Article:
After graduating from USC in 2005 with Bachelors of Arts in Spanish and International Relations, I returned to São Paulo, Brazil, where I studied abroad as an undergraduate, and taught English for six months. These additional few months in Brazil cemented my Portuguese fluency and my determination to pursue an international career. In 2006, I was offered a year-long position to teach English in a public elementary school in Fuengirola, Spain. Upon returning to the United States, I started my master’s degree in Latin American Political Economy at Georgetown University in Washington, D.C. While at Georgetown, I became deeply interested in Latin American agricultural trade. My strong background from USC in Latin American languages, politics, and economics enabled me excel at Georgetown, where I was awarded a Dean’s fellowship to research regional sugar markets in Brazil in the summer of 2008 and a Foreign Languages and Area Studies fellowship for the entire 2008-09 academic year. Upon completing my master’s degree, I secured an invaluable entry-level position – the Mexico Desk Officer for the Foreign Agricultural Service (FAS) of the U.S. Department of Agriculture. I coordinated trade negotiations, Cabinet-level meetings, and market access strategy development with the United States’ third-largest trading partner. I also worked directly with diplomats from around the Americas to promote international agricultural trade throughout the hemisphere. In the spring of 2012, I passed the FAS Foreign Service exam and I am presently preparing for my first overseas posting as the Deputy Director of the U.S. Agricultural Trade Office in Mexico City. My education from the USC Department of Spanish and Portuguese has opened so many doors and I am still in the early stages of my career. I look forward to the many wonderful opportunities yet to come.

 

Wan S. Tang '05

As clichéd as it may sound, studying Spanish at USC changed my life.  I was convinced that my future lay in advertising until the summer of my sophomore year, when I studied abroad with the Madrid Summer Program.   Everything I had read about came to life in that summer, and I could not get enough.  Upon my return to the States, I declared a Spanish major and plotted ways to return to Spain.  Fortunately, I won a Fulbright Teaching Assistantship after graduation, and spent a glorious year teaching English at a Spanish high school, researching the marketing of Spanish “women’s literature,” and traveling as much as possible.   Graduate school seemed like the logical next step, and I have spent the past six years completing a doctorate in Spanish literature at Yale.  As a graduate student, I wrote a dissertation that examined fantastic short stories from nineteenth-century Spain and, most importantly, I taught my own Spanish classes, trying to infect my students with some of my enthusiasm for the Spanish language and its literature.  I’m now beginning a new adventure as Professor Tang at Boston College.  I’m excited to have come full circle from the days I spent in Taper Hall, listening to my professors talk about Spain and its illustrious literary tradition.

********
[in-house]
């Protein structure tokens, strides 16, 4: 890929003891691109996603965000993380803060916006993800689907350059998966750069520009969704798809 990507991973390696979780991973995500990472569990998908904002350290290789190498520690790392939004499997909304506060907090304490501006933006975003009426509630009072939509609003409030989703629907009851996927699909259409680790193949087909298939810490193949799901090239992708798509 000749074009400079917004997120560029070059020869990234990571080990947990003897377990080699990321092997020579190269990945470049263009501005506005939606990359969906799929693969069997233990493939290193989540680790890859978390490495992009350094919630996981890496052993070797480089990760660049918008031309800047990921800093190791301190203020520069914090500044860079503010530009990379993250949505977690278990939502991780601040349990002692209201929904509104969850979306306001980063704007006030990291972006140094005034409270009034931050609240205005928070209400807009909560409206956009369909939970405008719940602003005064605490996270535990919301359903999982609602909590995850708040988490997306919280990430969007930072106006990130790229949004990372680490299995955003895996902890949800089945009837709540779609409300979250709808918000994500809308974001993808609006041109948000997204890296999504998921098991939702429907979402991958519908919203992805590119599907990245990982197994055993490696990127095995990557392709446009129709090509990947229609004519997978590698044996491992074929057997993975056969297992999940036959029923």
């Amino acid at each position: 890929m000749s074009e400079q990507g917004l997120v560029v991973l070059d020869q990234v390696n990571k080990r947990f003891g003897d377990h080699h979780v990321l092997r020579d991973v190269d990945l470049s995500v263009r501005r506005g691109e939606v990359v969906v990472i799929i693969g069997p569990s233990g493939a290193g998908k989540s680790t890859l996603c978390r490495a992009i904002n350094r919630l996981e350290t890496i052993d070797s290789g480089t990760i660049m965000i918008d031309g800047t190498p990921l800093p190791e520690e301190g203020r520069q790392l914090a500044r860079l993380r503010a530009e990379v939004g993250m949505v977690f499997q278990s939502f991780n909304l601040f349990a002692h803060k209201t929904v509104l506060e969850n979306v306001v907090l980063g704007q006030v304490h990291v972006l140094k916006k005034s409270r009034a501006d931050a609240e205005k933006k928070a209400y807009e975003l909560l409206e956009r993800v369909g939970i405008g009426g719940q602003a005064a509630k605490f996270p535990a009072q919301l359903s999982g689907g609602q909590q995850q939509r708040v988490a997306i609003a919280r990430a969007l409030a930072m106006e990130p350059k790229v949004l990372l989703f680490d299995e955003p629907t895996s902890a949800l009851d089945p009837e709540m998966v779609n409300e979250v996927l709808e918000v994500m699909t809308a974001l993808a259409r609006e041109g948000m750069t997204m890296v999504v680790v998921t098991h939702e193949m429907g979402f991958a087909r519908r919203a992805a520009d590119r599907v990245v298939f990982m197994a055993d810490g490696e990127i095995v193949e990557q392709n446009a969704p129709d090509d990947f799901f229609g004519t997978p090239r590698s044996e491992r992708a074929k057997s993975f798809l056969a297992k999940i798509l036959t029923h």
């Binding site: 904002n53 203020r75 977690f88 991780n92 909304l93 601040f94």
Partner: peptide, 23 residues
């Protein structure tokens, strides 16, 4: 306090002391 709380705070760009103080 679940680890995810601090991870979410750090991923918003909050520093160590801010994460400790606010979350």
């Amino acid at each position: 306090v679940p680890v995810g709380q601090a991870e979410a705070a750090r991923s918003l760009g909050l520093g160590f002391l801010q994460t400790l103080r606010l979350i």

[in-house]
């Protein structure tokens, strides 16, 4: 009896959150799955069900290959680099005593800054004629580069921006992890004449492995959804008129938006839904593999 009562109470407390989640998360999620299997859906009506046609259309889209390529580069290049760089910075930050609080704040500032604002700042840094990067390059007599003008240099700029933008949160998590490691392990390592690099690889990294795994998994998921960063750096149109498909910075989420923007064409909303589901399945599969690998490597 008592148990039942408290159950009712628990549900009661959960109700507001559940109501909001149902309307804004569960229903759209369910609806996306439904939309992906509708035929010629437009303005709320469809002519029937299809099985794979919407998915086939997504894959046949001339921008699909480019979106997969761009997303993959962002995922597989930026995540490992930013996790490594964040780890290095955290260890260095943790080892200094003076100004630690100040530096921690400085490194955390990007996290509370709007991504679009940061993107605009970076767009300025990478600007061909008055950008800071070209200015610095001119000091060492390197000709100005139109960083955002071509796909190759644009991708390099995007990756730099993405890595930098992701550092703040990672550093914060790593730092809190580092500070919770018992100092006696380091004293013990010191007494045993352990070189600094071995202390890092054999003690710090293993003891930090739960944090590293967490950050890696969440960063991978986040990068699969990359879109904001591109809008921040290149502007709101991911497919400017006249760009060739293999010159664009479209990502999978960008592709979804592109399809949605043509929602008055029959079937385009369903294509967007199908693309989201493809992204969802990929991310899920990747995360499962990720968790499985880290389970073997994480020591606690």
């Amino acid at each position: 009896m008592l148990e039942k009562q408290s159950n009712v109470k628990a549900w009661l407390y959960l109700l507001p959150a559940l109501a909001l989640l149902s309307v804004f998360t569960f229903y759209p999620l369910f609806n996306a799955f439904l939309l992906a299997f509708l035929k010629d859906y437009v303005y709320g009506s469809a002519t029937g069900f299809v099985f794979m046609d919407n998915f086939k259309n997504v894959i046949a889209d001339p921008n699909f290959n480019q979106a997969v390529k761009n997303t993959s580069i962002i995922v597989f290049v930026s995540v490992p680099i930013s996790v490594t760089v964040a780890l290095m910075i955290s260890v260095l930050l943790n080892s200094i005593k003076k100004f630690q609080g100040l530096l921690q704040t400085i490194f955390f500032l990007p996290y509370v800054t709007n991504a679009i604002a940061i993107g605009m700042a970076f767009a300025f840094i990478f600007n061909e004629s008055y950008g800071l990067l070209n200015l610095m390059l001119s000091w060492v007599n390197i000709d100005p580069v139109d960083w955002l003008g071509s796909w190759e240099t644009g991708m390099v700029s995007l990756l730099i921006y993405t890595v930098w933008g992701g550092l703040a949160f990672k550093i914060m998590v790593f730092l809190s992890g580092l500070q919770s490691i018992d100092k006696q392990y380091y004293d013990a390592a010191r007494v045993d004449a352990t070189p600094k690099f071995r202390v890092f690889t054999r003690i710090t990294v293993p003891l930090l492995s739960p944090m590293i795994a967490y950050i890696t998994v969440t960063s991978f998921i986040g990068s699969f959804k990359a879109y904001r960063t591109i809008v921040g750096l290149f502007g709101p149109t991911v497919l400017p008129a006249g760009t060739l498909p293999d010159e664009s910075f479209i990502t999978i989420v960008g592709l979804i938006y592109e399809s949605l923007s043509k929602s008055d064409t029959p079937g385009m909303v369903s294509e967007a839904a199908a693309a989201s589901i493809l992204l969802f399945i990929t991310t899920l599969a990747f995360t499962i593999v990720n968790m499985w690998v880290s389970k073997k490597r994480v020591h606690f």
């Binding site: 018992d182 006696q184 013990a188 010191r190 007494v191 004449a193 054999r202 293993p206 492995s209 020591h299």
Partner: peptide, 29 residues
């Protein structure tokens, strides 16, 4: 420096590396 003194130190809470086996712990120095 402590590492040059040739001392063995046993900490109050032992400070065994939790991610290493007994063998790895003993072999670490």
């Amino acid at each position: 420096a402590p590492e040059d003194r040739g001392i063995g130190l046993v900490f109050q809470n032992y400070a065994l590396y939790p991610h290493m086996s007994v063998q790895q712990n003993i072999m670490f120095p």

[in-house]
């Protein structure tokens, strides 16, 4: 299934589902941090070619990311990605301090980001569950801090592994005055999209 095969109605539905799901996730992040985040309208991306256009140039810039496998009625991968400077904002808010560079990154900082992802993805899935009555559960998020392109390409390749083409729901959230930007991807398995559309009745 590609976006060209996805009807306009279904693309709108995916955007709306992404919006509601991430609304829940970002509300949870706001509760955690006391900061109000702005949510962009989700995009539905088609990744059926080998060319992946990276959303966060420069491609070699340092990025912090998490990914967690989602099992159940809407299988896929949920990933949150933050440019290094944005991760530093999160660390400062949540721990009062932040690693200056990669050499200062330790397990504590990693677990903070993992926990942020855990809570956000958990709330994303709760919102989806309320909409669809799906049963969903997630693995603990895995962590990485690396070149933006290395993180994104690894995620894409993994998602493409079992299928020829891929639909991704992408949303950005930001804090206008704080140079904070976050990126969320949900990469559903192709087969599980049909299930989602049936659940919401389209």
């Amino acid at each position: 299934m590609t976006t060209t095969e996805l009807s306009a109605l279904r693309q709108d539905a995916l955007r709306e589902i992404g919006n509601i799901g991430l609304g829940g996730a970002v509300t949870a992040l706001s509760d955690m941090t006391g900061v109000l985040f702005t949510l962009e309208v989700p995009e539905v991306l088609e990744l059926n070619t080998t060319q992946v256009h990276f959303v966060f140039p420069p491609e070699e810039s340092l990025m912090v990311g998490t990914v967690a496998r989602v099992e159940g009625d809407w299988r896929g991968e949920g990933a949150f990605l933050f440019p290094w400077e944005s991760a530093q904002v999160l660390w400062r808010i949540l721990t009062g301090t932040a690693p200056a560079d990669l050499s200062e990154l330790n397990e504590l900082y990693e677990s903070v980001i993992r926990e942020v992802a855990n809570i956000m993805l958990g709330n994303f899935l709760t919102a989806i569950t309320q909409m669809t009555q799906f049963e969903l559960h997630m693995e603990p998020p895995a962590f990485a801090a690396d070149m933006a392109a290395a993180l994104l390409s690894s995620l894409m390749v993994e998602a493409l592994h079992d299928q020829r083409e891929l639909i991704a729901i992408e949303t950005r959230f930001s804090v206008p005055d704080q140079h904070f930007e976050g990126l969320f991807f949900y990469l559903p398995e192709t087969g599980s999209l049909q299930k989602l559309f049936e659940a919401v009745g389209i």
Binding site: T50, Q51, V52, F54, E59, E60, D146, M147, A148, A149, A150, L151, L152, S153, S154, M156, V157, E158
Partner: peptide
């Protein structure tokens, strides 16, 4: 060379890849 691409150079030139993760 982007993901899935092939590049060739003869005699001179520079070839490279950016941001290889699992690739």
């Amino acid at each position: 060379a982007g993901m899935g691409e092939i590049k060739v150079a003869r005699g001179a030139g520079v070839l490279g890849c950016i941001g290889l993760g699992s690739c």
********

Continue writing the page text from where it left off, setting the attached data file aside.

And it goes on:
Vanessa Lauzon '04

I graduated from USC in 2004 with a B.A. in Spanish and B.S. in Biological Sciences, and am now a physician, practicing psychiatry and family medicine in San Diego. While at USC, I was involved with the Spanish Undergraduate Student Association (SUSA) and served as president for two years; I also studied overseas in Madrid in 2002. I also did molecular neuroscience research with Dr. Michael Quick for my honors thesis in biology. I was a Renaissance Scholar and was inducted into Sigma Delta Pi (Spanish honor society) and Phi Beta Kappa. At graduation I received the Outstanding Undergraduate Student award from the Department of Spanish and Portuguese. I stayed in the Trojan family for medical school at the Keck School of Medicine, which was a great decision because of the opportunity to do my clinical training at LAC+USC medical center, where I used my Spanish every single day and was able to truly make a difference for many underserved patients, even as a medical student. During medical school I maintained connections to the Spanish department and collaborated with Prof. David Zarazúa to create a Medical Spanish curriculum at the Keck School of Medicine, and helped teach the course during the first 2 years. Later on, I worked with Dr. Donna Elliott and created a series of workshops on how to use a medical interpreter. I received my M.D. in 2008 and moved to San Diego for a unique double residency (specialty training) in family medicine and psychiatry at UCSD. I am currently in my final year of residency and will finish training in June 2013. My main clinic is located in a homeless shelter, St Vincent de Paul Village, where I serve a very underserved population. Many of my patients are homeless or formerly homeless; others are housed but very poor. Since I am bilingual, I have a large number of monolingual Spanish speakers on my patient panel; I spend about 50% of my workday speaking Spanish. Spanish speaking doctors, let alone psychiatrists, are surprisingly scarce, and are very much in demand. For better or for worse, I have a reputation for enjoying challenging cases, and my colleagues often refer patients to me who are struggling not only with severe medical and psychiatric illnesses, but also with major linguistic, cultural, and social barriers. I am so thankful for the education and experiences I had at USC, which prepared me so well for the work I am doing now. While all the science pre-reqs allowed me to go to med school, my humanities courses gave me the space to explore and understand the human condition, which is really what is at the core of practicing medicine. In addition to my clinical duties, I also do health policy and advocacy work, maintaining a special interest in healthcare access for minority and immigrant populations and for people with chronic mental illness.

  • Department of Spanish and Portuguese
  • Taper Hall of Humanities 156
  • 3501 Trousdale Parkway
  • University of Southern California
  • Los Angeles, California 90089-0358